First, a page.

Whereas the overwhelming majority of states and governors who oppose the federal health care law are accepting its grants, Minnesota Governor and GOP Presidential hopeful Tim Pawlenty is only interested in the abstinence only portions of the law. Pawlenty has issued an executive order preventing the state from applying for any more federal funding, noting in campaign-like rhetoric that reform “represents a dramatic attempt to assert federal command and control over this country’s health care system” and “includes unprecedented federal intrusions into individual liberty”:
NOW, THEREFORE, I hereby order that:
All executive branch departments and agencies are directed that no application shall be submitted to the federal government in connection with requests for grant funding for programs and demonstration projects deriving from the Patient Protection and Affordable Care Act (“PPACA” or “the Act”) (Pub.L. 111–148) unless otherwise required by law, or approved by the office of the Governor.
The order puts Pawlenty out of sync with many cities, counties, and businesses in his state — 97 of which applied for the law’s reinsurance grants. But the sheer transparency of Pawlenty’s effort was not lost on HHS Secretary Kathleen Sebelius today, who when asked about the governor’s EO, visibly snickered before noting that Minnesota residents are already benefiting from reform:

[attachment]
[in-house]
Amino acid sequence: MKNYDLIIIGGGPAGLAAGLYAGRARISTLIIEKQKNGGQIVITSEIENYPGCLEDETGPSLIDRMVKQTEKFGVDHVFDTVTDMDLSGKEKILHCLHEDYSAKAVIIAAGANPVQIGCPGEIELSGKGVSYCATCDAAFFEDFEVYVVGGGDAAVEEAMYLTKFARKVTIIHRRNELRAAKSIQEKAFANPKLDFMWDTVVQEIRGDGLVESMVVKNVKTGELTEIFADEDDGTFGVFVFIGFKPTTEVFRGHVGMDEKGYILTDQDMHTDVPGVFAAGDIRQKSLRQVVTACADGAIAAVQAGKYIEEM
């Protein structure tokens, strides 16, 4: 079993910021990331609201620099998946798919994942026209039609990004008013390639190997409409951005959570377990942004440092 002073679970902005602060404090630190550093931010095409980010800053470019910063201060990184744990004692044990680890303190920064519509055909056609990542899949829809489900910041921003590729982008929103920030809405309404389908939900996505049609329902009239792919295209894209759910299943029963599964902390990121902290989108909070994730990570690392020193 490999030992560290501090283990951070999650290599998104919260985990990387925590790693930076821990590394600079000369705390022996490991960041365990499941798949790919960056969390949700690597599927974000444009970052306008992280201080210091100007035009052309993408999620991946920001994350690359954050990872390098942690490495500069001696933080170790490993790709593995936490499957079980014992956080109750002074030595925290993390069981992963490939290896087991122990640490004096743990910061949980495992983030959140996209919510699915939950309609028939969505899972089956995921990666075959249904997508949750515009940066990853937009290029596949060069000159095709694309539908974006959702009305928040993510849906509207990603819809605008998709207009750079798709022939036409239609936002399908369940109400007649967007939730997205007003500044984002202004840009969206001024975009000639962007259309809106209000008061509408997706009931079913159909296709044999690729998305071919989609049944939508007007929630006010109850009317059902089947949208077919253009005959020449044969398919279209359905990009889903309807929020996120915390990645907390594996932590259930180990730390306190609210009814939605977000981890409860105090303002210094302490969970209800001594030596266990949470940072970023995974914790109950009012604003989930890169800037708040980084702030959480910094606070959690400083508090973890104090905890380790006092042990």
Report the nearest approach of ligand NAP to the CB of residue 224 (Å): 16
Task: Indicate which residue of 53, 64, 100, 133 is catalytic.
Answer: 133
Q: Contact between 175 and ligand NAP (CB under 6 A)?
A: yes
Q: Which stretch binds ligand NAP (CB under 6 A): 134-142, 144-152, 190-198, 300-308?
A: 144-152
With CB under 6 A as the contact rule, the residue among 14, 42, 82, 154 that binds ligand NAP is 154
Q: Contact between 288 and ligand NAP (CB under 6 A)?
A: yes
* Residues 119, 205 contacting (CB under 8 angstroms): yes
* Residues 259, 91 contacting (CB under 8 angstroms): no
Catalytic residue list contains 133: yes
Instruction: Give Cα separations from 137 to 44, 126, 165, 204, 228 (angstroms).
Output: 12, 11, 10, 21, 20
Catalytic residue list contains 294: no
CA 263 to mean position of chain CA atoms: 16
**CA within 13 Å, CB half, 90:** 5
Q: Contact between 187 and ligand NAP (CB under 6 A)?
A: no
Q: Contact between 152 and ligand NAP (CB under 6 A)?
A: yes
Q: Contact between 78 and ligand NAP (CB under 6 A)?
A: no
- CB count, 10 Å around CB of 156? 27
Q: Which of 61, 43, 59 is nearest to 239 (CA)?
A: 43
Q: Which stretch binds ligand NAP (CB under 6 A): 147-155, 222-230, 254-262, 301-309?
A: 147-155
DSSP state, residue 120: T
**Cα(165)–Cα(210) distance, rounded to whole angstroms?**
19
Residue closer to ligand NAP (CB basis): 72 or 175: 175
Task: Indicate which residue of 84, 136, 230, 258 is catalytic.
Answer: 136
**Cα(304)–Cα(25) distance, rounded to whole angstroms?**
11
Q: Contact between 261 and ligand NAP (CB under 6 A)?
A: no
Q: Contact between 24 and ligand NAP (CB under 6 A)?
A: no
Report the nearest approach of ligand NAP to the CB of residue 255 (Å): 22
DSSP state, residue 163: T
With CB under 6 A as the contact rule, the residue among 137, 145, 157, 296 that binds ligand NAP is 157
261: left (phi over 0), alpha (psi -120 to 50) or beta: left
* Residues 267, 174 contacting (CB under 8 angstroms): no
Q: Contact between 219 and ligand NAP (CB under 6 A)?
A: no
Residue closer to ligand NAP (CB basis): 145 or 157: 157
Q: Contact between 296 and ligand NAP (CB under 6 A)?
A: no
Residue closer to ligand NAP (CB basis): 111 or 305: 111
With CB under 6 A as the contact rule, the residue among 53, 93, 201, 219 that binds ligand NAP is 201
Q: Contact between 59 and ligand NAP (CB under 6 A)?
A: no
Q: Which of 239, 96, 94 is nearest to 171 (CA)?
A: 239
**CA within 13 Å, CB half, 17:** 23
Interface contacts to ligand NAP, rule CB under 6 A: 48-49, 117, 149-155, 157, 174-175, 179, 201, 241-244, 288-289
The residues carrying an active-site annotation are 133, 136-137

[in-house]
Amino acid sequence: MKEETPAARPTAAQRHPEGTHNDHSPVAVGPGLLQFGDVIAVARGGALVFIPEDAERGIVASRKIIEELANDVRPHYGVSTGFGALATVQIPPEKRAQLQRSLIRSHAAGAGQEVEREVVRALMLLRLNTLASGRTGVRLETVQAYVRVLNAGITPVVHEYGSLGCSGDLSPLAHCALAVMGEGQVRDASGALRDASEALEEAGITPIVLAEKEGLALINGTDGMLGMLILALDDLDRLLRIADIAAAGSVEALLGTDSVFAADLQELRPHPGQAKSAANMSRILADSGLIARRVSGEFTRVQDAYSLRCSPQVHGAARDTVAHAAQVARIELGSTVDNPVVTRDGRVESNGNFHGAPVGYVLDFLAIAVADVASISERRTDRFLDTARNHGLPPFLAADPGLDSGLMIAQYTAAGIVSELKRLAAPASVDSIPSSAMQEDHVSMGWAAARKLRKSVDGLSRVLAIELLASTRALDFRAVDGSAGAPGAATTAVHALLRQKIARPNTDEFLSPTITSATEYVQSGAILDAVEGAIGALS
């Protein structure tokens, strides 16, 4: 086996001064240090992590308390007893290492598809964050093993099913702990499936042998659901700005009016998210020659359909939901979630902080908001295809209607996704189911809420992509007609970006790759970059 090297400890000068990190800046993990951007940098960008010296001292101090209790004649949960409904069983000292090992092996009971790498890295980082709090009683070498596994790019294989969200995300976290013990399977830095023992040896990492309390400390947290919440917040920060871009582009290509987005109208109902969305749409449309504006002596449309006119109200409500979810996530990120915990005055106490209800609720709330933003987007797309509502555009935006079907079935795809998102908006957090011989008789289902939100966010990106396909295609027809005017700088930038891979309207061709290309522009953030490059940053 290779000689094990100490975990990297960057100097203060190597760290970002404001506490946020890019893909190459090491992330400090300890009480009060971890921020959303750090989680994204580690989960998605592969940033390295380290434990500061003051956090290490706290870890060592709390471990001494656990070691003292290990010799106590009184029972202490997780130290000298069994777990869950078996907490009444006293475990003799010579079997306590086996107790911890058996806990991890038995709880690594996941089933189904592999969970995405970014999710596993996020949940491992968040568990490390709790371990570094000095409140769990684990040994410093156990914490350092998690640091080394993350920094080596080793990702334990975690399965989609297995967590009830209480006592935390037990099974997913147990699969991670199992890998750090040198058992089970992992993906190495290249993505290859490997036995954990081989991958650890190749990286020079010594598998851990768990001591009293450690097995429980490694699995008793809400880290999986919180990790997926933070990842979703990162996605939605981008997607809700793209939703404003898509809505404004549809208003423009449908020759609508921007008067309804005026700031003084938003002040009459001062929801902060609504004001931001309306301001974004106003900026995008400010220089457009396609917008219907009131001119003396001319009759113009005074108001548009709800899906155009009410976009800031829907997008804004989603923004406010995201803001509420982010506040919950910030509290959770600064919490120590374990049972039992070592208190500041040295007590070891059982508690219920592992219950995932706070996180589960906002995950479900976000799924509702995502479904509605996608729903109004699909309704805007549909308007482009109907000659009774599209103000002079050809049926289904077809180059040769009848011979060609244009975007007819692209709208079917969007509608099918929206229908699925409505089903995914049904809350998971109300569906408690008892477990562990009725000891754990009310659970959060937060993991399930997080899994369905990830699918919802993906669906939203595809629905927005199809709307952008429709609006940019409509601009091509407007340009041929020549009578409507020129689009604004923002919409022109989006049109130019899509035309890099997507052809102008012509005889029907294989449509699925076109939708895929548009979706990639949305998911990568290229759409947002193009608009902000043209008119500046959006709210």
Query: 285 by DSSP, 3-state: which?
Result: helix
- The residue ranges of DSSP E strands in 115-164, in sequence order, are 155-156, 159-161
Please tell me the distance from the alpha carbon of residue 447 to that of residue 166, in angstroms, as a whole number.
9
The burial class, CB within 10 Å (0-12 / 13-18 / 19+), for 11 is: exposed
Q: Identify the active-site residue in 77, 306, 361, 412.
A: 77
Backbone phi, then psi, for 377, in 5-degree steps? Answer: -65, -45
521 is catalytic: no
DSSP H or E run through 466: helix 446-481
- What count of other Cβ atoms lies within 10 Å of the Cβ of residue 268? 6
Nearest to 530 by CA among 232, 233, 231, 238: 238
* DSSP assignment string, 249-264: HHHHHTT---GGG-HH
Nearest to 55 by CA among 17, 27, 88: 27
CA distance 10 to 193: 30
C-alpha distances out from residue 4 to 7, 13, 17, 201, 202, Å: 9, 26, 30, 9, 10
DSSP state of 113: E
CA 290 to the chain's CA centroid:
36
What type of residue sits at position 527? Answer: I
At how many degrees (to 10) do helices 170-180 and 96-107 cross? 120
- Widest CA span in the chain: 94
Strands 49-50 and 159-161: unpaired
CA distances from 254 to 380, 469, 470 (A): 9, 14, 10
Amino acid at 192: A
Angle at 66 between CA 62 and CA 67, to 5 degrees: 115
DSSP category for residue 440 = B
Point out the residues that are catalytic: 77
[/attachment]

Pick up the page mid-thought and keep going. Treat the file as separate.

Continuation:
SEBELIUS: I’m afraid of citizens of Minnesota may be the victims of whatever it is that’s coming their way. I know we have companies from the great state of Minnesota who have applied to be part of this plan….I know that we have seniors in Minnesota who have received $250 checks for prescription drug coverage because they have reached the prescription drug doughnut hole…. So I have no idea if those are the kinds of benefits he intends to eliminate for the citizens of Minnesota.
Watch Sebelius’ reaction at :28:
In the order, Pawlenty also notes that he has already determined that Minnesota will “not participate in the early expansion of the Medicaid entitlement program offered by the federal government as part of the legislation” or apply for federal grants that could help the state review unreasonable premium hikes.